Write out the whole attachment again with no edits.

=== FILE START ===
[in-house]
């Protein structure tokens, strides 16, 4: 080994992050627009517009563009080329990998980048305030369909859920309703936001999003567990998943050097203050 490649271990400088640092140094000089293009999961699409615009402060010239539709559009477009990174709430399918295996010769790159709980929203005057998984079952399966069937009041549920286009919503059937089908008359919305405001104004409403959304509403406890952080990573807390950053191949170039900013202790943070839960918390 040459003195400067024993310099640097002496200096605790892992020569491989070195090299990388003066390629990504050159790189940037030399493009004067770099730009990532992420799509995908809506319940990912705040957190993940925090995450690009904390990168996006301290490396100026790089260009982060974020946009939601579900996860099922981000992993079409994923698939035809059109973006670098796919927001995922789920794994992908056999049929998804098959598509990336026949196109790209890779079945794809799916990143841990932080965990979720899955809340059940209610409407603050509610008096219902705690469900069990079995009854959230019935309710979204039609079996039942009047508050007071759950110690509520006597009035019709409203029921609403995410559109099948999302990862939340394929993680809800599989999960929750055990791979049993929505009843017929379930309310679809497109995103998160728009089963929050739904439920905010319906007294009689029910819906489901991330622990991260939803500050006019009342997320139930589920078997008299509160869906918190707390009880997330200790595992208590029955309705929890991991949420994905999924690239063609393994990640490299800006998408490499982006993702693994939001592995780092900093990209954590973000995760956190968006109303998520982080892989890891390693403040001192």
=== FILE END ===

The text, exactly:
[in-house]
């Protein structure tokens, strides 16, 4: 080994992050627009517009563009080329990998980048305030369909859920309703936001999003567990998943050097203050 490649271990400088640092140094000089293009999961699409615009402060010239539709559009477009990174709430399918295996010769790159709980929203005057998984079952399966069937009041549920286009919503059937089908008359919305405001104004409403959304509403406890952080990573807390950053191949170039900013202790943070839960918390 040459003195400067024993310099640097002496200096605790892992020569491989070195090299990388003066390629990504050159790189940037030399493009004067770099730009990532992420799509995908809506319940990912705040957190993940925090995450690009904390990168996006301290490396100026790089260009982060974020946009939601579900996860099922981000992993079409994923698939035809059109973006670098796919927001995922789920794994992908056999049929998804098959598509990336026949196109790209890779079945794809799916990143841990932080965990979720899955809340059940209610409407603050509610008096219902705690469900069990079995009854959230019935309710979204039609079996039942009047508050007071759950110690509520006597009035019709409203029921609403995410559109099948999302990862939340394929993680809800599989999960929750055990791979049993929505009843017929379930309310679809497109995103998160728009089963929050739904439920905010319906007294009689029910819906489901991330622990991260939803500050006019009342997320139930589920078997008299509160869906918190707390009880997330200790595992208590029955309705929890991991949420994905999924690239063609393994990640490299800006998408490499982006993702693994939001592995780092900093990209954590973000995760956190968006109303998520982080892989890891390693403040001192």